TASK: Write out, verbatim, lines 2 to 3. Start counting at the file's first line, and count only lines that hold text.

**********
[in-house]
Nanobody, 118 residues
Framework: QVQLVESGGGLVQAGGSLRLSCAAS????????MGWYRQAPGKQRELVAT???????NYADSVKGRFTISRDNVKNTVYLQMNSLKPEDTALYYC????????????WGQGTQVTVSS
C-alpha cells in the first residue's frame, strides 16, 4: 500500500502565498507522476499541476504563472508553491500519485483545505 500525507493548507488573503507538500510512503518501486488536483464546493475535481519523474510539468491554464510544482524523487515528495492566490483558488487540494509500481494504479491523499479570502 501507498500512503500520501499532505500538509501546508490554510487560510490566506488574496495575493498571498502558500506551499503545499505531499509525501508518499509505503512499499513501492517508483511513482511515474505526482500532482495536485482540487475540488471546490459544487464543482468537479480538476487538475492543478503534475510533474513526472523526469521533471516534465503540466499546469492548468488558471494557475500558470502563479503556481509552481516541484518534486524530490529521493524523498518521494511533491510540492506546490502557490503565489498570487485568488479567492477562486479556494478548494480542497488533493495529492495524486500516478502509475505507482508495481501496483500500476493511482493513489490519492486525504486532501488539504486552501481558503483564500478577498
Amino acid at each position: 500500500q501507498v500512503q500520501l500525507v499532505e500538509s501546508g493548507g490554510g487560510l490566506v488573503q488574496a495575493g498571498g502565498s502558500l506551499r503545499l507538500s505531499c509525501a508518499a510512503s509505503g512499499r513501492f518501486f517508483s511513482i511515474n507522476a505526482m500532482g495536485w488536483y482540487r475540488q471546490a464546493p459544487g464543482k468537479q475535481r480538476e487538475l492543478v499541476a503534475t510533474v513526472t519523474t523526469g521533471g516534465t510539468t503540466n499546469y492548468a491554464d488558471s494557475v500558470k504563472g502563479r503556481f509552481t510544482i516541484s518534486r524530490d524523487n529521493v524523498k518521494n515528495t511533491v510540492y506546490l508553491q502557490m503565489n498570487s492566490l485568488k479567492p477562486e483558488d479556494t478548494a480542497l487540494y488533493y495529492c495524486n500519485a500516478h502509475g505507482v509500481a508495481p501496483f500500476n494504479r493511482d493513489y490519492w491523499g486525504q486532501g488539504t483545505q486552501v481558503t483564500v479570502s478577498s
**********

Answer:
Nanobody, 118 residues
Framework: QVQLVESGGGLVQAGGSLRLSCAAS????????MGWYRQAPGKQRELVAT???????NYADSVKGRFTISRDNVKNTVYLQMNSLKPEDTALYYC????????????WGQGTQVTVSS